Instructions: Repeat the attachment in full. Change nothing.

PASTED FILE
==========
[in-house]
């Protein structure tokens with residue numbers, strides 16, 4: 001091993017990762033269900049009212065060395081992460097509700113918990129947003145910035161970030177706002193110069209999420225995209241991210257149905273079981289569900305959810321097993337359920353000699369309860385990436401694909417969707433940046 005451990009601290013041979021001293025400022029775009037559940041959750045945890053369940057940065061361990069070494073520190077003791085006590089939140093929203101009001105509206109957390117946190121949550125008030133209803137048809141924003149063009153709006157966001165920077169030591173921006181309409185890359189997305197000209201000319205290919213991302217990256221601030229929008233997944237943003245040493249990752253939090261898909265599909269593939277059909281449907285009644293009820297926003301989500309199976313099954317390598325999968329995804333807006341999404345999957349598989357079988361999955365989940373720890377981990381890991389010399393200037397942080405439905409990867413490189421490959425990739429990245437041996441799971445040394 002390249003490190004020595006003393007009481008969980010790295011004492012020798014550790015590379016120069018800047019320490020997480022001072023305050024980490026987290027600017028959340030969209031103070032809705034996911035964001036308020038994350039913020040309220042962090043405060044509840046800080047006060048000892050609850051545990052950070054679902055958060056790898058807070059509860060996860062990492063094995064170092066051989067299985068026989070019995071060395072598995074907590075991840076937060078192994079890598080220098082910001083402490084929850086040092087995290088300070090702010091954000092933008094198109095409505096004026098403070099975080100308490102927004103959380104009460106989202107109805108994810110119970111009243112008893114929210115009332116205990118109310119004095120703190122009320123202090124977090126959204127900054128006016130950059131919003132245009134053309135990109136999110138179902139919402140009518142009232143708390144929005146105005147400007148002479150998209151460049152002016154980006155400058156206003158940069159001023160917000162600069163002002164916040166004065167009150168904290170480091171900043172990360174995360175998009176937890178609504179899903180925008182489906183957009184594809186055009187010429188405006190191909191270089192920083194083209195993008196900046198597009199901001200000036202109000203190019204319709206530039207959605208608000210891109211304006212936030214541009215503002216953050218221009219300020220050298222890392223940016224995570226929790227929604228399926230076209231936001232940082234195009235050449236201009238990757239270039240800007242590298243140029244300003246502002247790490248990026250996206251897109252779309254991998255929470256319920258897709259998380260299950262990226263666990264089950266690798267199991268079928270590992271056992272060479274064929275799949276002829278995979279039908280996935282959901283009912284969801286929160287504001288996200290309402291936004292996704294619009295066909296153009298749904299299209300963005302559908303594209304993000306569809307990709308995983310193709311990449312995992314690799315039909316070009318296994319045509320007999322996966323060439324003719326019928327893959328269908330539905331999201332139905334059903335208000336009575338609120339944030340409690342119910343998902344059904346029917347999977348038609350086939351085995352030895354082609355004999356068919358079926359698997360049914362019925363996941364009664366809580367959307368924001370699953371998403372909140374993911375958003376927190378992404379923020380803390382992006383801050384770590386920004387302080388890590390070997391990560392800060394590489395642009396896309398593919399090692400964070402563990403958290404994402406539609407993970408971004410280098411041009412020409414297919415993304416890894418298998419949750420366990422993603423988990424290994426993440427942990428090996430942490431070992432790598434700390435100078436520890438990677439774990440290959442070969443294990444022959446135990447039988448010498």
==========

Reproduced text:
[in-house]
């Protein structure tokens with residue numbers, strides 16, 4: 001091993017990762033269900049009212065060395081992460097509700113918990129947003145910035161970030177706002193110069209999420225995209241991210257149905273079981289569900305959810321097993337359920353000699369309860385990436401694909417969707433940046 005451990009601290013041979021001293025400022029775009037559940041959750045945890053369940057940065061361990069070494073520190077003791085006590089939140093929203101009001105509206109957390117946190121949550125008030133209803137048809141924003149063009153709006157966001165920077169030591173921006181309409185890359189997305197000209201000319205290919213991302217990256221601030229929008233997944237943003245040493249990752253939090261898909265599909269593939277059909281449907285009644293009820297926003301989500309199976313099954317390598325999968329995804333807006341999404345999957349598989357079988361999955365989940373720890377981990381890991389010399393200037397942080405439905409990867413490189421490959425990739429990245437041996441799971445040394 002390249003490190004020595006003393007009481008969980010790295011004492012020798014550790015590379016120069018800047019320490020997480022001072023305050024980490026987290027600017028959340030969209031103070032809705034996911035964001036308020038994350039913020040309220042962090043405060044509840046800080047006060048000892050609850051545990052950070054679902055958060056790898058807070059509860060996860062990492063094995064170092066051989067299985068026989070019995071060395072598995074907590075991840076937060078192994079890598080220098082910001083402490084929850086040092087995290088300070090702010091954000092933008094198109095409505096004026098403070099975080100308490102927004103959380104009460106989202107109805108994810110119970111009243112008893114929210115009332116205990118109310119004095120703190122009320123202090124977090126959204127900054128006016130950059131919003132245009134053309135990109136999110138179902139919402140009518142009232143708390144929005146105005147400007148002479150998209151460049152002016154980006155400058156206003158940069159001023160917000162600069163002002164916040166004065167009150168904290170480091171900043172990360174995360175998009176937890178609504179899903180925008182489906183957009184594809186055009187010429188405006190191909191270089192920083194083209195993008196900046198597009199901001200000036202109000203190019204319709206530039207959605208608000210891109211304006212936030214541009215503002216953050218221009219300020220050298222890392223940016224995570226929790227929604228399926230076209231936001232940082234195009235050449236201009238990757239270039240800007242590298243140029244300003246502002247790490248990026250996206251897109252779309254991998255929470256319920258897709259998380260299950262990226263666990264089950266690798267199991268079928270590992271056992272060479274064929275799949276002829278995979279039908280996935282959901283009912284969801286929160287504001288996200290309402291936004292996704294619009295066909296153009298749904299299209300963005302559908303594209304993000306569809307990709308995983310193709311990449312995992314690799315039909316070009318296994319045509320007999322996966323060439324003719326019928327893959328269908330539905331999201332139905334059903335208000336009575338609120339944030340409690342119910343998902344059904346029917347999977348038609350086939351085995352030895354082609355004999356068919358079926359698997360049914362019925363996941364009664366809580367959307368924001370699953371998403372909140374993911375958003376927190378992404379923020380803390382992006383801050384770590386920004387302080388890590390070997391990560392800060394590489395642009396896309398593919399090692400964070402563990403958290404994402406539609407993970408971004410280098411041009412020409414297919415993304416890894418298998419949750420366990422993603423988990424290994426993440427942990428090996430942490431070992432790598434700390435100078436520890438990677439774990440290959442070969443294990444022959446135990447039988448010498």